Dear Evan Hansen:
This year will be a good year. You will learn to love yourself for who you are, and soon enough, those around you will love you too.
After taking the time to reflect on these past few years and where my life has taken me, I have learned to appreciate my mother’s weird love for that horoscope stuff and “inspirational quotes”. Once a week, on Monday mornings, I try to find a quote to get me through the week and to motivate me through every day, whether it be a good or a bad one. Today, I found one that stood out to me, and reminded me of my feelings throughout my life that still linger with me from day to day:
“The test of courage comes when we are in the minority. The test of tolerance comes when we are in the majority” – Ralph W. Sockman.
I find that I identify with several parts of this quote. Through my struggles of loneliness and anxiety, I was in a dark place that I never thought I could possibly get out of. I felt like an outsider, like a minority. I just didn’t fit in with the others, in a way that was out of my control. People often take anxiety lightly. Some people will ask me “Why do you always walk with your head down? Isn’t that kind of weird?”. Maybe they’re right… I just can’t help it sometimes. You should probably work on making eye contact with people a little more.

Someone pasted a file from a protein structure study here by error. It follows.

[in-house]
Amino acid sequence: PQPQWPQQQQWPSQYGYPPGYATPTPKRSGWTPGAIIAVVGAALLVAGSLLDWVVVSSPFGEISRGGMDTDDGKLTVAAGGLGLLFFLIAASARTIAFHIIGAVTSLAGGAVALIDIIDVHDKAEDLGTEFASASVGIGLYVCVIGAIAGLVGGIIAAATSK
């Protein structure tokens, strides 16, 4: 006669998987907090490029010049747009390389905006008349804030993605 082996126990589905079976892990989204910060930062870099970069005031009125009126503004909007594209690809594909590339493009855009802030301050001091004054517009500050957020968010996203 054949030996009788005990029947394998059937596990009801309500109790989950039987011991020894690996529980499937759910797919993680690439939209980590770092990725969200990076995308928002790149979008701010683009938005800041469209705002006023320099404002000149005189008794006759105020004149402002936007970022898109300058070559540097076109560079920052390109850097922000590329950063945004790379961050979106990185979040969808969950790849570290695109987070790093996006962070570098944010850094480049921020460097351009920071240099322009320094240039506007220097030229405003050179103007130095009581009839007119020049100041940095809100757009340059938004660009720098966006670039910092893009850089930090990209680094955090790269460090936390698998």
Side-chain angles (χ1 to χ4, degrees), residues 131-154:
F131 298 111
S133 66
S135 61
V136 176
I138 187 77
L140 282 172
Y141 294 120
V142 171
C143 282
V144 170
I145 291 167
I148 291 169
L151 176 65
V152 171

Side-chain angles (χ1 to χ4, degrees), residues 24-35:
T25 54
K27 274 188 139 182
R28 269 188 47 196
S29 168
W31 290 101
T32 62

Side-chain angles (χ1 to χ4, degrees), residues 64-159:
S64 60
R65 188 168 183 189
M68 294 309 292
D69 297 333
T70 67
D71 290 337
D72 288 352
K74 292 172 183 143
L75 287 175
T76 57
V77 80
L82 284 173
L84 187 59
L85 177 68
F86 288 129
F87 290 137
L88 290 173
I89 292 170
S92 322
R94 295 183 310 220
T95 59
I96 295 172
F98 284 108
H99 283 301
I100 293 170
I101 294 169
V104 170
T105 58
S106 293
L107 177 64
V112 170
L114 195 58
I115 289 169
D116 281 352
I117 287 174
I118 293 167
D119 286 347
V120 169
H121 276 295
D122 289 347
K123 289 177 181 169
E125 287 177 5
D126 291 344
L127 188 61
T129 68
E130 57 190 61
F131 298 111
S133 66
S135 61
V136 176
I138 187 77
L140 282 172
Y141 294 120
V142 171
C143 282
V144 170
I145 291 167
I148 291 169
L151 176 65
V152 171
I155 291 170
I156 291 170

I like to think that your anxiety is the reason why you struggle to make friends. Not because you’re weird or sometimes make bad jokes, but because a large part of your identity involves a quality that many people don’t have. I actually talked to a friend …uh no… I mean…. “family friend” the other day about this. His name is Jared. He’s kind of an asshole, and I don’t really know why I’m friends with him, but I guess I’ll take what I can get. Anyways, he’s Jewish and is always making jokes about the fact that he’s Jewish. I read online somewhere, actually, that “self-deprecation (is) central to Diaspora humor” (Whitfield 245). I think most of it comes from the fact that he is part of a minority too, and his jokes are his way of coping with the fact that he, too, feels like an outsider. He may not realize it, but I think Jared actually likes hanging out with you. You’re both part of different minorities and are able to share that connection over the fact that you don’t exactly fit in with the crowd. I never thought that Jared was insecure until he started making jokes about his religion in the same way that I make jokes about how nobody really cares about me. I always used to like to use humor as a coping mechanism, and it made me wonder if that’s what Jared does too.